One of the fastest growing technologies in printed circuit board (PCB) design is high density interconnect (HDI). HDI boards allow for higher circuitry density than traditional circuit boards due to a more concentrated arrangement of smaller components, creating more concise pathways. Blind and/or buried vias are commonly used to optimize space in HDI boards, and microvias of .006 or less in diameter are now frequently used as well.
A variety of verticals have incorporated HDI boards into their products, including manufacturers of military communications and strategic equipment, and medical diagnostic tools. The lightweight design of HDI boards also makes them ideal for aerospace applications and less bulky smartphones and laptops.
The most common types of HDI boards include:
- Through vias from surface-to-surface
- Combination through vias and buried vias
- Multiple HDI layers containing through vias
- A passive mounting substrate without any electrical connections
- Coreless construction through the use of layer pairs
- Alternate coreless constructions through the use of layer pairs
Benefits of HDI
For almost all applications pertaining to aeronautics, consumer products, computers, and electronics, HDI boards are not only suitable, but favored. Even in intense settings, HDI boards with multiple layers supply increased levels of reliability due to their powerful interconnection of stacked vias.
The reduction in the size of the components generates more space on which designers can work, opening up both sides of the raw PCB for design. Smaller components placed closer together produce additional input and output, allowing for quicker signal transmission and a substantial decline in crossing delays and signal loss.
HDI technology enables the reduction of an eight-layer through-hole PCB to a four-layer HDI microvia PCB, resulting in fewer layers that are capable of achieving equal or better functionality. This reduction considerably lowers material costs, making HDI technology very cost-effective for electronics manufacturers. The higher performance offered by multi-layer HDI PCBs make them reliable even in harsh environments.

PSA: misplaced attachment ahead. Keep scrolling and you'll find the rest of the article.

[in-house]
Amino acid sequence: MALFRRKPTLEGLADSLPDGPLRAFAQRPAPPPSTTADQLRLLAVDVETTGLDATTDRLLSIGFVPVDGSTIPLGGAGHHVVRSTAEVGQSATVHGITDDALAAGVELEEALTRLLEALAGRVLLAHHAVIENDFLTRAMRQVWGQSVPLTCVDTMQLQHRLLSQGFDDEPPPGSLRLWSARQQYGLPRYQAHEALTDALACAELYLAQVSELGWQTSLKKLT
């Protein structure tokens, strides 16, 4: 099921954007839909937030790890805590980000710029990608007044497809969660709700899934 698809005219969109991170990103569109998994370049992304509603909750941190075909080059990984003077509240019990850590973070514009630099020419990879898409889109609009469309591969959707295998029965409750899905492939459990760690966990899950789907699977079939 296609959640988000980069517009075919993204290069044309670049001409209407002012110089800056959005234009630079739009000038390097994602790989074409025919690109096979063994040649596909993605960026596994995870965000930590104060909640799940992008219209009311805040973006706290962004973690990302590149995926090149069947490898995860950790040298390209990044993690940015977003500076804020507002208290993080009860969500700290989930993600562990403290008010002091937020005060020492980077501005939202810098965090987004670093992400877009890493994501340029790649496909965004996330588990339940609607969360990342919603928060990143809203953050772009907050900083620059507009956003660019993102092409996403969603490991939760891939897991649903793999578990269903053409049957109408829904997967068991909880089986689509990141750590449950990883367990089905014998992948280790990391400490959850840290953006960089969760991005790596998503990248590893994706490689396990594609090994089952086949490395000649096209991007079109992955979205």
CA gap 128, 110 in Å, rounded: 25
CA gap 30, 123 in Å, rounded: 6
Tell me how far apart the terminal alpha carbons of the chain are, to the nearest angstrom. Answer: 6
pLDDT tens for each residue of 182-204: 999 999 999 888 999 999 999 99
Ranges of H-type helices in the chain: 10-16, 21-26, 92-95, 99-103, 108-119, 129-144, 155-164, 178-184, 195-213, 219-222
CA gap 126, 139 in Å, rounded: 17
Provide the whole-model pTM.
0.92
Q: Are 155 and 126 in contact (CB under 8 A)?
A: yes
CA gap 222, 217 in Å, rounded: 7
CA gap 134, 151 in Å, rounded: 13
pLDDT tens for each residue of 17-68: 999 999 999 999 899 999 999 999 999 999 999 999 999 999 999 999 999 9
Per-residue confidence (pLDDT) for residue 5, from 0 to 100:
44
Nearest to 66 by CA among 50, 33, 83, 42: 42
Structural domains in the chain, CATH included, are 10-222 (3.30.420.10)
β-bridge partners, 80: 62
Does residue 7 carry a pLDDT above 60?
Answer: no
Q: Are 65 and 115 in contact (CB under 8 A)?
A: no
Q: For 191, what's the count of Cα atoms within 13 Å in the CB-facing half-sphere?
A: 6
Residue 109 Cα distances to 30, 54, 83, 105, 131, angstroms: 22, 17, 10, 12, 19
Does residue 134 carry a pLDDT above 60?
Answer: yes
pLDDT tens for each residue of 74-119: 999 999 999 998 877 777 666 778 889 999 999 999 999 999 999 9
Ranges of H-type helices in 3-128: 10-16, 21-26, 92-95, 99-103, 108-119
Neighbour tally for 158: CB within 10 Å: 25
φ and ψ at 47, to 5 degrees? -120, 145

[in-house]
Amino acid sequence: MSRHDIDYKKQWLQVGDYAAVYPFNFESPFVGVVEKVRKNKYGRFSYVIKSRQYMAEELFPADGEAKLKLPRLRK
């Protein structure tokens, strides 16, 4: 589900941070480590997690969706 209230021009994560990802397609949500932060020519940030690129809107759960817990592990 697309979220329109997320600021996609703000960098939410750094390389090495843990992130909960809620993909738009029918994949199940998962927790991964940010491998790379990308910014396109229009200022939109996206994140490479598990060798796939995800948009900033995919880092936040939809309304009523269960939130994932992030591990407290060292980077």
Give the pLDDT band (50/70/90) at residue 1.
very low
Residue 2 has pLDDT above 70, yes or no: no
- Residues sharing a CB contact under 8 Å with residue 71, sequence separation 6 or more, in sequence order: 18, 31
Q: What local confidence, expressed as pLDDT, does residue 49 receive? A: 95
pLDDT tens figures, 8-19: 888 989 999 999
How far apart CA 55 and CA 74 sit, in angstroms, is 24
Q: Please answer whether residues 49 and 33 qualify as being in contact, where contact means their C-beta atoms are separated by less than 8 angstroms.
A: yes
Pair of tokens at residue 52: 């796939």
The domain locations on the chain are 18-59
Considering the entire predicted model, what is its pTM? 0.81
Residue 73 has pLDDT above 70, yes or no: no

Why Use HDI
Because of their light weight, reliable performance, and small size, HDI boards are especially appealing for wearable, mobile, and handheld electronics. Combined with the geometry of a high-density design, these stronger, smaller components and additional transistors elevate the function of a PCB and the end-product it is used for.
With components in closer proximity to one another, electrical signals take less time to travel. The high-density design of HDI boards reduces the rise time for the signal and the inductance, thus limiting the effects on nearby pins and leads. Additional transistors support not only increased functionality, but also heightened performance.
Concentrating on HDI design diminishes the time and cost of cultivating prototypes, shortening leads times, and allowing for much larger profit margins.
HDI technology creates products that weigh less, perform faster and more efficiently, and come in smaller packages. The decrease in size enables the design of smaller end products that meet consumer demands for portability. HDI can be a time-consuming training endeavor for designers. But with increasing relevancy in the marketplace, the return in productivity, dependability, and fewer manufacturing delays renders the training time worthwhile.